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FACT SHEET

MEMORANDUM FOR CORRESPONDENTS FOR IMMEDIATE RELEASE

BACKGROUND. The Army is continuing its effort to keep the public informed by releasing 1,199 pages of criminal investigations pursuant to a Freedom of Information Act litigation with the American Civil Liberties Union (ACLU). The 13 cases were provided to the Assistant U.S. Attorney, Southern District of New York on February 26 for subsequent release to the ACLU. This release brings the total number of Report of Investigations released to the ACLU to 129. In all 13 of the cases released in this mailing, final disposition has occurred.

Facts:

1) Breakdown of cases:

1 Undetermined Manner of Death

3 Justifiable Homicide

1 Alleged Rape

1 Alleged Larceny

7 Alleged Assaults or Cruelty and Maltreatment

2) The allegations and circumstances in each of these 13 cases were investigated and the cases were closed. The investigations failed to support any criminal charges.

3) In three of the investigations alleging assault or cruelty and maltreatment, there was insufficient evidence to prove or disprove that a crime occurred and in the remaining four investigations, the allegations were unfounded. It's important to review the information and evidence in each of these cases, and it's equally as important to point out that in a number of the alleged assault, cruelty and maltreatment cases, the allegations were made weeks, months and even up to a year after the alleged incident (s) occurred. For example, one case involved an allegation made in a U.S. newspaper article in July 04. The article alleged a detainee was the victim of assault and maltreatment between 7 Oct. and 12 Dec. 2003. A criminal investigation located the alleged victim who subsequently denied he was ever assaulted or mistreated. Another investigation established that the offenses of cruelty, maltreatment and threatening communications did not occur as alleged by a detainee who reportedly heard about an alleged incident via a rumor. The same detainee making the allegation refused to provide a sworn statement to support his allegations. Additionally, a thorough investigation determined there was insufficient evidence to support an allegation of rape. Investigation into the larceny allegation revealed that a former Soldier made the false allegation. The larceny case was unfounded and the former Soldier was charged with making a False Official Statement.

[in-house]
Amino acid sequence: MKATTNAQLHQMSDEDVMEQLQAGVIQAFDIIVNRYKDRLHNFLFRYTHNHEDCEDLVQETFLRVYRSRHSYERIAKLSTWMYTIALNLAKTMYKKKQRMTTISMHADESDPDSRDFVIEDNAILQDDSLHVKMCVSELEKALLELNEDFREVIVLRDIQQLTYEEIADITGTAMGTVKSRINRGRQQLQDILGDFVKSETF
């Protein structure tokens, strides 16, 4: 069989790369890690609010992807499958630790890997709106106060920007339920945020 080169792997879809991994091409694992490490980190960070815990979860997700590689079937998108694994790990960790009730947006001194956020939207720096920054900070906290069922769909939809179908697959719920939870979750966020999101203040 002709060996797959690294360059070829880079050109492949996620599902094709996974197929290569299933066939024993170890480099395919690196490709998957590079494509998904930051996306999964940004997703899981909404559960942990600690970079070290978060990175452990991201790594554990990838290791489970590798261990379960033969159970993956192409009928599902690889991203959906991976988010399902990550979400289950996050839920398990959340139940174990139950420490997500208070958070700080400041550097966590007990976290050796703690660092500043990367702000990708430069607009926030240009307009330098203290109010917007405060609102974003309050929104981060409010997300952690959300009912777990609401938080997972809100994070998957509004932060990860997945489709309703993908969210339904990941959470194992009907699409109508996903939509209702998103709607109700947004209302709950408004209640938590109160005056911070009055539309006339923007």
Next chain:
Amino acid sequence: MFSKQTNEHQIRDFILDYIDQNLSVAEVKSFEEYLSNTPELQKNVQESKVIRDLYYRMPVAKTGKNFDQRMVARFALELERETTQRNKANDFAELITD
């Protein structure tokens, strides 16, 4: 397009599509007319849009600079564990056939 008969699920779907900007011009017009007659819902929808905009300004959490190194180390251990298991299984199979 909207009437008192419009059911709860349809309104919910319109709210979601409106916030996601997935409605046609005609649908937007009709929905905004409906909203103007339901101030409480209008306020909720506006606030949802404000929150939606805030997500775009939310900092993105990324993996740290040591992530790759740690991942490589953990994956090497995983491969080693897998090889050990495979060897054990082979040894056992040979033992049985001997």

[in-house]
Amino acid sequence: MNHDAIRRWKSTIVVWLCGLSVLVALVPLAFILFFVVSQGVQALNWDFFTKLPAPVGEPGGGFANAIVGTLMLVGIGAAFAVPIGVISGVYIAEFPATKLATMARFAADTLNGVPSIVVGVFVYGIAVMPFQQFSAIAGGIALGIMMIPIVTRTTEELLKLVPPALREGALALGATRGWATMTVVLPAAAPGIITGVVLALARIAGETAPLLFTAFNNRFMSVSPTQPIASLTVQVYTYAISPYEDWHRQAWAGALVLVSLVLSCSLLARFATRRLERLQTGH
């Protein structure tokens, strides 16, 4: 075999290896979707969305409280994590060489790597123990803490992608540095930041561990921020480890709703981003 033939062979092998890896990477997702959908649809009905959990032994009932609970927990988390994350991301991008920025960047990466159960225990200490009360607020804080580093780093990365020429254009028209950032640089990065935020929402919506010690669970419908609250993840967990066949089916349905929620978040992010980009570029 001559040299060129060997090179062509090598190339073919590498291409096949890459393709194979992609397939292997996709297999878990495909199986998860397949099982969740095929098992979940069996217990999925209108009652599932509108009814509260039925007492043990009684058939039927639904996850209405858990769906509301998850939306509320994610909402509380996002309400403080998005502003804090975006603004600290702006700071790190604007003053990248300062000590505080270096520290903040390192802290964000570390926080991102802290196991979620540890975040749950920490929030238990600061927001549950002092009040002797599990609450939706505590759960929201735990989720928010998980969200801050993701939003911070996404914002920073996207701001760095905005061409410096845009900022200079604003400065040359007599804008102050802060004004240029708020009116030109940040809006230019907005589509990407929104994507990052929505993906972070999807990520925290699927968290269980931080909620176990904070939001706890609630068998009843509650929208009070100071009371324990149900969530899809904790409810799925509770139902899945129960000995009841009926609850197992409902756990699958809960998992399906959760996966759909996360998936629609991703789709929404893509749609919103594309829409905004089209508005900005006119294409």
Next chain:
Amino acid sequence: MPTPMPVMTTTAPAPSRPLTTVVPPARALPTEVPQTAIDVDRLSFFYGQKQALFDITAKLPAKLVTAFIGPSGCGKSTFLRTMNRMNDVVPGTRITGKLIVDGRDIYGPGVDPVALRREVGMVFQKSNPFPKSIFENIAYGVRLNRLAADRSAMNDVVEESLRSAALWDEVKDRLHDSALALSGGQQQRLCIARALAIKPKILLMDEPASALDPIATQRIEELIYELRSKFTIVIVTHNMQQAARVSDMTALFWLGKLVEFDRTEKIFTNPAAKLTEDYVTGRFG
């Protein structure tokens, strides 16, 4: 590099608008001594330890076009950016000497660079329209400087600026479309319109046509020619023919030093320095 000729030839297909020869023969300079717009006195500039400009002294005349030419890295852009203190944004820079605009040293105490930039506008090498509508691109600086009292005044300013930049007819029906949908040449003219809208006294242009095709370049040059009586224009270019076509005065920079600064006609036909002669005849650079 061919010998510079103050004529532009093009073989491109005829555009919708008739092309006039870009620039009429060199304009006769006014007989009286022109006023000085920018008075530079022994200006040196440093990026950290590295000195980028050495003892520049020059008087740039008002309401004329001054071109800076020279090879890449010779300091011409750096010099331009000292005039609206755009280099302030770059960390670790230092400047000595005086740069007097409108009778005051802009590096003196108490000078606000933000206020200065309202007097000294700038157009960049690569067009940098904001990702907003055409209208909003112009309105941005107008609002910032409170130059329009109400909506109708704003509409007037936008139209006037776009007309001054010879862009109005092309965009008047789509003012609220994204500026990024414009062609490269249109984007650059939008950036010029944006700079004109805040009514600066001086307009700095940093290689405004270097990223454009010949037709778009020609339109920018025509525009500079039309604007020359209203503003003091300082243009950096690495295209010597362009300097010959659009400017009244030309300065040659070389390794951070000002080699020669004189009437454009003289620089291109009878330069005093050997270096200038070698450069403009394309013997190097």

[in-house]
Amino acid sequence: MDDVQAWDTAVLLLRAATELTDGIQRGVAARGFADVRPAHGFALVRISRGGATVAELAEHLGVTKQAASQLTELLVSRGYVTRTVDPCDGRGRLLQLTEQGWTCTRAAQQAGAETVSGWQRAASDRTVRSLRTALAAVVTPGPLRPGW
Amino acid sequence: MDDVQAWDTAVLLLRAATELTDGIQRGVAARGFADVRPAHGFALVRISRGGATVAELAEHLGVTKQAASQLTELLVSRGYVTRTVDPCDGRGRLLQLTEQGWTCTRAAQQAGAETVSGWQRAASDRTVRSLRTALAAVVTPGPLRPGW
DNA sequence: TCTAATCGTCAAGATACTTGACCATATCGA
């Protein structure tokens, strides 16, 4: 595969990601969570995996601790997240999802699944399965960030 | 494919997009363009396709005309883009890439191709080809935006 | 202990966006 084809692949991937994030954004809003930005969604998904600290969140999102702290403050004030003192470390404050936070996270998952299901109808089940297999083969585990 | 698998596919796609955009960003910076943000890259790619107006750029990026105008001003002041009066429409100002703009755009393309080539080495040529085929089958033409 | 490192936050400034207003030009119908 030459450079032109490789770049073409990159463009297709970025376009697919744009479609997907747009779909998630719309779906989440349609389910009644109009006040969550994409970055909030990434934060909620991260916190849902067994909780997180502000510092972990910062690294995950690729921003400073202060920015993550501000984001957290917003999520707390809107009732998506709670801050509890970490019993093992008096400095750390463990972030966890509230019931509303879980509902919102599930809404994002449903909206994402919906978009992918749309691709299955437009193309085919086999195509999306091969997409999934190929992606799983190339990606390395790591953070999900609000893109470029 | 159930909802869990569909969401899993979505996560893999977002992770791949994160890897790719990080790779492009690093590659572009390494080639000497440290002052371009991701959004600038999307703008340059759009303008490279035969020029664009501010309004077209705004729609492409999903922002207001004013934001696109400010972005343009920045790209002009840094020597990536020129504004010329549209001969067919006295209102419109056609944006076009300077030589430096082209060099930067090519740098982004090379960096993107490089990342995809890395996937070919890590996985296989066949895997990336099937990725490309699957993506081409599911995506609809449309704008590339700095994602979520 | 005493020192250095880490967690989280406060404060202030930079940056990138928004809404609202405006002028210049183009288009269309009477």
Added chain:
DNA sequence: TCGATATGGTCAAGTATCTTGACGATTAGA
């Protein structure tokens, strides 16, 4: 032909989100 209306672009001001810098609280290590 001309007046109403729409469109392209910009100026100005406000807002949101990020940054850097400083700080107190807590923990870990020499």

4) The two Justifiable Homicide cases involved detainees participating in a riot at a detainee facility. An investigation concluded that the guards demonstrated the proper escalation of the use of force, using non-lethal methods first. The other Justifiable Homicide case involved an enemy combatant involved in an attack against elements of the 1st Marine Expeditionary Forces - he was wounded in the attack and evacuated to the Medical Treatment Facility at Abu Ghraib where he died a few days later of his injuries.

5) The Army continues to investigate and hold people accountable when appropriate:

341 Investigations

226 of these investigations are closed or completed

159 of these closes/completed investigations required no disposition since the allegations were not substantiated

120 actions have been taken against 109 Soldiers with the following disposition:

- 32 Courts-Martial actions

- 56 Non-Judicial punishments

- 32 Administrative actions (relieved of duty, separated from service, reprimanded)

Investigations may result in a finding of "insufficient evidence" for a variety of reasons, including the inability to identify, locate and/or interview the alleged victim(s), lack of physical evidence to substantiate claims of abuse or contradicting witness accounts of an alleged incident. Investigations are unfounded when the results of the investigation establish that a criminal offense did not occur.

The Army's Criminal Investigation Command stands prepared to reopen any investigation should additional information become available that warrants further investigative action. In fact, CID has done so on a number of occasions when new information or evidence has come to light.

www.ARMY.mil OCPA Public Affairs Home

www.ARMY.mil OCPA Public Affairs Home

 



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